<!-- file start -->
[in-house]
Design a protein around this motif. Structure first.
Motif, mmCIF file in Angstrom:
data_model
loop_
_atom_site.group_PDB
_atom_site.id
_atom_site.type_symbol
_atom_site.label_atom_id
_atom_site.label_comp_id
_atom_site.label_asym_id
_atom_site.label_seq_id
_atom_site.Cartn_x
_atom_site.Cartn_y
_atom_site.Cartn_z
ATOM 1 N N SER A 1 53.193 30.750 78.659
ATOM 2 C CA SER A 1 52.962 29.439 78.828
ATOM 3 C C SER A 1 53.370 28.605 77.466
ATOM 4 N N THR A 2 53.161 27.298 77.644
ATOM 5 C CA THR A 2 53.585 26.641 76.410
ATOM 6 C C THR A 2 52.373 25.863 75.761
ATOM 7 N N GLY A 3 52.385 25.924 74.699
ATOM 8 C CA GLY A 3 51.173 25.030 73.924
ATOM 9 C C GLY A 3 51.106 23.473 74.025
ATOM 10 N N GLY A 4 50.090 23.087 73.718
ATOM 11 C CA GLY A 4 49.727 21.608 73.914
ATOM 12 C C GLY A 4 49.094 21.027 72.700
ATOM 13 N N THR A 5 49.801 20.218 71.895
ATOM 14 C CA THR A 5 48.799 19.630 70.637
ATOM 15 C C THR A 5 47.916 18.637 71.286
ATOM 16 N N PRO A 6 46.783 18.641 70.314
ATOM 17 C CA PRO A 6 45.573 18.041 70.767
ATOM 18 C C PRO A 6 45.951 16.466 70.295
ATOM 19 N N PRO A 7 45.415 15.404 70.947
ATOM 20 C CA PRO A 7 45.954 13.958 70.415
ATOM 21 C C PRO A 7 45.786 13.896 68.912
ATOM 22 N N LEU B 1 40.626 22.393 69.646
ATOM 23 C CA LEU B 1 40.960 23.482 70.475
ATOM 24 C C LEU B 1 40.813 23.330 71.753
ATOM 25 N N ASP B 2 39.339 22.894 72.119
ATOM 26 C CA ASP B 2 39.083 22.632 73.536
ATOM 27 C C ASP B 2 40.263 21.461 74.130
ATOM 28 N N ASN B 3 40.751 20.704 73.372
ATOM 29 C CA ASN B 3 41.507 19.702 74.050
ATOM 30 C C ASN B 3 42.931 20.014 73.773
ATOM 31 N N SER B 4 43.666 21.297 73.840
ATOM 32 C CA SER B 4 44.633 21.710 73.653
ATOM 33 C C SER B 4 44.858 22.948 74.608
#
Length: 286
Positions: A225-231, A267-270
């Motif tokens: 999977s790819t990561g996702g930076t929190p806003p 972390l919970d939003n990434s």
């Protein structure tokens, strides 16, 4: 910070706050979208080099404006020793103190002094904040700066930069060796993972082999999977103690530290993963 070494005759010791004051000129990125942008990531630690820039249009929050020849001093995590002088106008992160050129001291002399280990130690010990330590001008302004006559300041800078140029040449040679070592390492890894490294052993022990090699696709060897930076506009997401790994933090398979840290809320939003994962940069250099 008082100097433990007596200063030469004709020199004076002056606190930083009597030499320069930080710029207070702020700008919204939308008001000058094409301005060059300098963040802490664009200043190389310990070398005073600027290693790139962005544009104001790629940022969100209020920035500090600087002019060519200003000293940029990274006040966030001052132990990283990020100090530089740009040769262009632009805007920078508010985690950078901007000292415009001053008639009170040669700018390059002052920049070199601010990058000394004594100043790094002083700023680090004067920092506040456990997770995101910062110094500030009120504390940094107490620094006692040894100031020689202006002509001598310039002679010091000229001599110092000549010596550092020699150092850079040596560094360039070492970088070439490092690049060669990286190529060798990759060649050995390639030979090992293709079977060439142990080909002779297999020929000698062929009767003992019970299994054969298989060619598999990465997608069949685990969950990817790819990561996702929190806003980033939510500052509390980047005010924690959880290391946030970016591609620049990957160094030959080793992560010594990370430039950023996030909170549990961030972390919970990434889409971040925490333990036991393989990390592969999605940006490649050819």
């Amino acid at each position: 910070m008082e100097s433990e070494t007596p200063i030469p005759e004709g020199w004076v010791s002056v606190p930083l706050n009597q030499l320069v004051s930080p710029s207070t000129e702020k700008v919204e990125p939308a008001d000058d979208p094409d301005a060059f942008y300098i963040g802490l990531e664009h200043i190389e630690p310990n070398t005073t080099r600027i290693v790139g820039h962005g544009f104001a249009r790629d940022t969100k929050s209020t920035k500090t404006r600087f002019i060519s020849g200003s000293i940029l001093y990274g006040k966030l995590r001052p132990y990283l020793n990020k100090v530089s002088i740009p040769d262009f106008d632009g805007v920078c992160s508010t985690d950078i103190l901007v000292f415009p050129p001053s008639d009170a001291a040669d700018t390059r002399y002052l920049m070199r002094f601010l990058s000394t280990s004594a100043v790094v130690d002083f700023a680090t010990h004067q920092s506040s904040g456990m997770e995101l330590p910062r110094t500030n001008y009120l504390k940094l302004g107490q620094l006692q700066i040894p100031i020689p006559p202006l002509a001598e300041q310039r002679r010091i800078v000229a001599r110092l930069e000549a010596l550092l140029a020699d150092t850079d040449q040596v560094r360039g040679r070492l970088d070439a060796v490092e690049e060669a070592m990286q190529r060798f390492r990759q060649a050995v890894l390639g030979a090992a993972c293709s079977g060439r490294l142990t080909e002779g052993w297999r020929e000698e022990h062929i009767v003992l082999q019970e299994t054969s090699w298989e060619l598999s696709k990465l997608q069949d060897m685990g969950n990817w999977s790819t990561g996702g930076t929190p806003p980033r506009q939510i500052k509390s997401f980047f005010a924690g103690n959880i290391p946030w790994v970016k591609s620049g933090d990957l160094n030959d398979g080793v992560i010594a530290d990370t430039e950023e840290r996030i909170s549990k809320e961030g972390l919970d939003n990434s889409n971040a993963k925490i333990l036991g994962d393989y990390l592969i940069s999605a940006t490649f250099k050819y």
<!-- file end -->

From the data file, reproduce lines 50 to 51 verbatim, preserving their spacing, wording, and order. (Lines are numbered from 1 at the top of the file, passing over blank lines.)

Length: 286
Positions: A225-231, A267-270